Professor Simon Gandevia
Deputy Director and Foundation Scientist, NeuRA
Motor Impairment is the final pathway that causes physical disability in a wide range of diseases and health conditions. It can involve weakness, fatigue, impaired sensation, reduced balance, muscle contracture and poor co-ordination - common features of many health conditions and ageing.
NeuRA has a strong history of multidisciplinary research and leadership in advancing scientific understanding of the mechanisms and impacts of motor impairment. In addition to our world-leading spinal cord injury research, a key current focus is the issue of contracture: the disabling stiffening of muscles that occurs after a range of brain lesions such as stroke, head injury, spinal cord injury and cerebral palsy.
By improving clinical interventions designed to prevent and reverse muscle contractures, we hope to transform the lives of thousands of Australians with cerebral palsy, muscular dystrophy, rheumatoid arthritis and stroke.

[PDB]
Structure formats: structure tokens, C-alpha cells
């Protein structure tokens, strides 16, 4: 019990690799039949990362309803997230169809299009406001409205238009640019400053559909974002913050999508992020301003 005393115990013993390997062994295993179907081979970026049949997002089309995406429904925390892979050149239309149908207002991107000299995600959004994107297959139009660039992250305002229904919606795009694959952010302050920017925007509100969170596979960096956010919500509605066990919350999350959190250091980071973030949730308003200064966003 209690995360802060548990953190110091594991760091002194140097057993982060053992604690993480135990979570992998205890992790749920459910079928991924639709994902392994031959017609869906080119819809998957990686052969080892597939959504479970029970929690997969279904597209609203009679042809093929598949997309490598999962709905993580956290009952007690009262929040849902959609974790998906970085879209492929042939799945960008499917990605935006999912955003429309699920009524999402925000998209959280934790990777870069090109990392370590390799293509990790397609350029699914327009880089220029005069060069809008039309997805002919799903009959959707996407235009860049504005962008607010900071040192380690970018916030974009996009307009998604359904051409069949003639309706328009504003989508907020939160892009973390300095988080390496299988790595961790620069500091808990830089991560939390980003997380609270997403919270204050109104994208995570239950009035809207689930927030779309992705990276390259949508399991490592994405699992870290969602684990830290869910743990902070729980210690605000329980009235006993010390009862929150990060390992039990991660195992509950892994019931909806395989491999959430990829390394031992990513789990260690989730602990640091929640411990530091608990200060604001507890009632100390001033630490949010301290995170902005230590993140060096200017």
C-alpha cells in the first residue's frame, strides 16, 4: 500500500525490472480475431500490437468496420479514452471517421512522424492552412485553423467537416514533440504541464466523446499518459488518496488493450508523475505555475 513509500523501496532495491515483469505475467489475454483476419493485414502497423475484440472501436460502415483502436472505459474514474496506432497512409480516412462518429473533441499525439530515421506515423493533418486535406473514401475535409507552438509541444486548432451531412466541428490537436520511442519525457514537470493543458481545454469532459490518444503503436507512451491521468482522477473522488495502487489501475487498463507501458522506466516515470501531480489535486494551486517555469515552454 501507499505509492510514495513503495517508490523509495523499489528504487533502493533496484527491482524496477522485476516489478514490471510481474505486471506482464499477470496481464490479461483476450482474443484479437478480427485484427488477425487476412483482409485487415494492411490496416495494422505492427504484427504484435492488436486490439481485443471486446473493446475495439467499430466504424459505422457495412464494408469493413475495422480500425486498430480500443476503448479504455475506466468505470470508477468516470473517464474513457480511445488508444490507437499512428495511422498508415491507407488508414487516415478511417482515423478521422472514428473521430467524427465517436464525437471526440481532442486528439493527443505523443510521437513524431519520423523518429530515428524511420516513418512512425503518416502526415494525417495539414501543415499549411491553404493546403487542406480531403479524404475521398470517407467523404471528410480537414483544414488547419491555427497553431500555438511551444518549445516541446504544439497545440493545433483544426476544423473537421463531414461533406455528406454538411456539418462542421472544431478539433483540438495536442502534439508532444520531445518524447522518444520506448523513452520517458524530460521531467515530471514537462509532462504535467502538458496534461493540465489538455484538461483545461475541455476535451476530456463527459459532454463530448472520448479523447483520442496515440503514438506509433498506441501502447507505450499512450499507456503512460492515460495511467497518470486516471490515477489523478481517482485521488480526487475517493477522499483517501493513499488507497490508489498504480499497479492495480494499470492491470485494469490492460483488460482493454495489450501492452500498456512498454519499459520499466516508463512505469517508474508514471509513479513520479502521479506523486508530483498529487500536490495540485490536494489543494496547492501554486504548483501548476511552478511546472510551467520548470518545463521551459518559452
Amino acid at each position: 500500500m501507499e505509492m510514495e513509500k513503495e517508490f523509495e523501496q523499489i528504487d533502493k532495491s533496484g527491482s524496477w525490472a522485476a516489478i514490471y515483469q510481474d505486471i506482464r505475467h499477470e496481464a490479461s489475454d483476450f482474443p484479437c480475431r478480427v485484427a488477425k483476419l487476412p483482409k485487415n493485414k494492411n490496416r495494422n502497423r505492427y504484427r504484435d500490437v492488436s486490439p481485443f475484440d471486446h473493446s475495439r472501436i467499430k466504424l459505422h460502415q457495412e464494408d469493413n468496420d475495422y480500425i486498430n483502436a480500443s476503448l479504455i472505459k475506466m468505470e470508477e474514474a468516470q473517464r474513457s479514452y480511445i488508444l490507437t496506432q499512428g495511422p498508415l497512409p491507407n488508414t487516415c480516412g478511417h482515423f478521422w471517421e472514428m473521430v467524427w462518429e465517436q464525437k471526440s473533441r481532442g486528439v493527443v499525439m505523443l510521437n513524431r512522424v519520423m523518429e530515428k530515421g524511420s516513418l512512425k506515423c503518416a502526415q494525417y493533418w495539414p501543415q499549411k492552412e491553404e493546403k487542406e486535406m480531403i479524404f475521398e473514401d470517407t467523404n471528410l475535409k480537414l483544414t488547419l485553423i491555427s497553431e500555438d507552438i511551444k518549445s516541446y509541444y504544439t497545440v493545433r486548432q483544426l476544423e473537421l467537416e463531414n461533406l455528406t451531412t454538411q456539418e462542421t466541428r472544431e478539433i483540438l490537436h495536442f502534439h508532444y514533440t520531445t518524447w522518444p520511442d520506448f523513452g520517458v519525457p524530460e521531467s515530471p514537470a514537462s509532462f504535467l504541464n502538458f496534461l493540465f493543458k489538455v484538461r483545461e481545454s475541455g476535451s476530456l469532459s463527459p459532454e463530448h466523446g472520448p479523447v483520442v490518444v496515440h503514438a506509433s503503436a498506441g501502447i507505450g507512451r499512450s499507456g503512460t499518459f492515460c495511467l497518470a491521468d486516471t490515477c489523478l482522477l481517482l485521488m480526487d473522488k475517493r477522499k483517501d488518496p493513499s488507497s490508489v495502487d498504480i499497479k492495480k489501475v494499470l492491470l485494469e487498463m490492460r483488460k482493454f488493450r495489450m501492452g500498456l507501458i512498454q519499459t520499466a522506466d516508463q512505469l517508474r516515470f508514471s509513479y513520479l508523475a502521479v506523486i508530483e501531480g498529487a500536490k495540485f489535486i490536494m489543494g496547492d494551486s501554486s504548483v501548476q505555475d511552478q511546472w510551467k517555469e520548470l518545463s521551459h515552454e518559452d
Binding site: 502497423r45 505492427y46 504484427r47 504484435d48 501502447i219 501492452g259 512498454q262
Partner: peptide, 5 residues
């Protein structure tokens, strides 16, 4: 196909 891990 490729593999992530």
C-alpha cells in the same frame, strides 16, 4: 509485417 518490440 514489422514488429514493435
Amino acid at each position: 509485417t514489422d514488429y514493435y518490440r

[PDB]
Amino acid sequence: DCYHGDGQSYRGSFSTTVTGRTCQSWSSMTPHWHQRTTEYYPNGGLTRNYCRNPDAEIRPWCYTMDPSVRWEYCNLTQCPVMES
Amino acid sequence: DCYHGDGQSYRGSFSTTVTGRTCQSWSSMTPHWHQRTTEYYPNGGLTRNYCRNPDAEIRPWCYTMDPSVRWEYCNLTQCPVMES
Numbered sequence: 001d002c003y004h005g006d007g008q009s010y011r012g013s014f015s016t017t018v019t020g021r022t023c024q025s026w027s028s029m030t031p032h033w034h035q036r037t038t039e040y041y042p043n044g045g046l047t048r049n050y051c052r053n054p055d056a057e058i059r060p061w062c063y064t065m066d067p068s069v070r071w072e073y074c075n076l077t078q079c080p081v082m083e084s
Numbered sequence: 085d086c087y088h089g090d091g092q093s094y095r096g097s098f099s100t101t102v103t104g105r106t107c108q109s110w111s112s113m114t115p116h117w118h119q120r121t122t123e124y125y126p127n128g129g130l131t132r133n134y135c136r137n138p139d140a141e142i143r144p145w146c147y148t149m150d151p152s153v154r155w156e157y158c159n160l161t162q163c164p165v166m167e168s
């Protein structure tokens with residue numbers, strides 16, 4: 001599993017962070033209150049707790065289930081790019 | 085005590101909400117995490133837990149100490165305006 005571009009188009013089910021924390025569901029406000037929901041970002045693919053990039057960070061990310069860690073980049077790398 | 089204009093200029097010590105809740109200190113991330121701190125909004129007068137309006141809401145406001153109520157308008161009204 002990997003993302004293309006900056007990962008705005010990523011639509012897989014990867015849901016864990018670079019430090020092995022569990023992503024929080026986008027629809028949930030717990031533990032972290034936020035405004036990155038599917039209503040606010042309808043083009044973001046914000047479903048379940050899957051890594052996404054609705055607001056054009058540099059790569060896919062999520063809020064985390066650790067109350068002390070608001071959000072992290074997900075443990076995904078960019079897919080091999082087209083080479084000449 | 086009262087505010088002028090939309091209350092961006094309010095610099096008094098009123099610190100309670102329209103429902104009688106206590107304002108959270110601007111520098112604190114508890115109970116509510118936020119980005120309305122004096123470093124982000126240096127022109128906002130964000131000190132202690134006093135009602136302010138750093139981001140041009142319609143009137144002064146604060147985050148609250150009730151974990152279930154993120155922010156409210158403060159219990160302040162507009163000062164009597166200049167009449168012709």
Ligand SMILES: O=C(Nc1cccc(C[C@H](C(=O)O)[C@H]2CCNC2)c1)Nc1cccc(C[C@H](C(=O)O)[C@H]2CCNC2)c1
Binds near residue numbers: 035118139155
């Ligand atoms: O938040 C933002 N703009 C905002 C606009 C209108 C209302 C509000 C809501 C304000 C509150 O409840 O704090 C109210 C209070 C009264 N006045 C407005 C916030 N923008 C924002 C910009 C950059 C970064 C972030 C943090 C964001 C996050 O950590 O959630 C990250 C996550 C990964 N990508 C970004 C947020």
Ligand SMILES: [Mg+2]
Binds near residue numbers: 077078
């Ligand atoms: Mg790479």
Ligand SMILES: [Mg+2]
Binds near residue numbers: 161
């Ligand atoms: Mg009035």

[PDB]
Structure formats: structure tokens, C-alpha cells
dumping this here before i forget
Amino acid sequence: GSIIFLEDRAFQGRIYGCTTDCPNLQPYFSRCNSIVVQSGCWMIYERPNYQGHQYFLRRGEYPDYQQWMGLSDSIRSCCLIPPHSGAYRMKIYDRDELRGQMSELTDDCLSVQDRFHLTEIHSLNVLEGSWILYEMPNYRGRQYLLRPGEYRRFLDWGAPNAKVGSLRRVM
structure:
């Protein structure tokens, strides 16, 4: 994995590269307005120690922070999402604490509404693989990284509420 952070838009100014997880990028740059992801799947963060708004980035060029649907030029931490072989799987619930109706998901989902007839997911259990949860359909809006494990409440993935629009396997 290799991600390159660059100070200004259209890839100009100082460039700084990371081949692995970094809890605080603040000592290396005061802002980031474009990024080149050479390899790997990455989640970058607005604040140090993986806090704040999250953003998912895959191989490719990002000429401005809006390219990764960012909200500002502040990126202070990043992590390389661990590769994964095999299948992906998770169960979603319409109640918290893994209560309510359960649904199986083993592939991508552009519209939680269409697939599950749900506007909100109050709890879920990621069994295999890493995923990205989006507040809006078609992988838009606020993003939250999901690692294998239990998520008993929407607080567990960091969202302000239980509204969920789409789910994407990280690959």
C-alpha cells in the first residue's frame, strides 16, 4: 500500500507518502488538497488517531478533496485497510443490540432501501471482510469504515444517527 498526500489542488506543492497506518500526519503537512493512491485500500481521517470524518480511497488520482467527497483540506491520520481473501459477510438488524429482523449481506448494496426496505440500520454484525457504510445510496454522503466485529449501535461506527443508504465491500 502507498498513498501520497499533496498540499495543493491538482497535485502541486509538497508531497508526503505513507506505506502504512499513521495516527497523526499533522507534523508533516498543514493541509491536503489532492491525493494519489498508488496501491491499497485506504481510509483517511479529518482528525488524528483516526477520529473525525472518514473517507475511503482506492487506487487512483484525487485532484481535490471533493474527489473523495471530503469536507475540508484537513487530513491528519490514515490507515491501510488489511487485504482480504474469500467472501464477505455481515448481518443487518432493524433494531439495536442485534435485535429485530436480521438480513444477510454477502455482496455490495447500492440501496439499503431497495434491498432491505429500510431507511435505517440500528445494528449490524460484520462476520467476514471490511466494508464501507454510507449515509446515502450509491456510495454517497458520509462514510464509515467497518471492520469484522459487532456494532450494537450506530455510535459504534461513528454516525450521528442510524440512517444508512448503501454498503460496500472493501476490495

Why Does Quadriceps Weakness Persist after Total Knee Replacement?An Exploration of Neurophysiological MechanismsTotal knee replacement is a commonly performed surgery for treating end-staged knee osteoarthritis. Although most people recover well after surgery,…
Osteoarthritis affects more than 20% of Australians aged over 60. The knee joint is commonly affected, causing persistent pain and difficulty in daily activities. Although exercise is the cornerstone of conservative treatment for knee osteoarthritis and recommended in…
The MUGgLE study is a research study on growth of muscles and tendons during childhood development. We are studying muscles of typically developing children and of children with cerebral palsy using MRI scans of the lower legs.The MUGgLE study is a collaboration…
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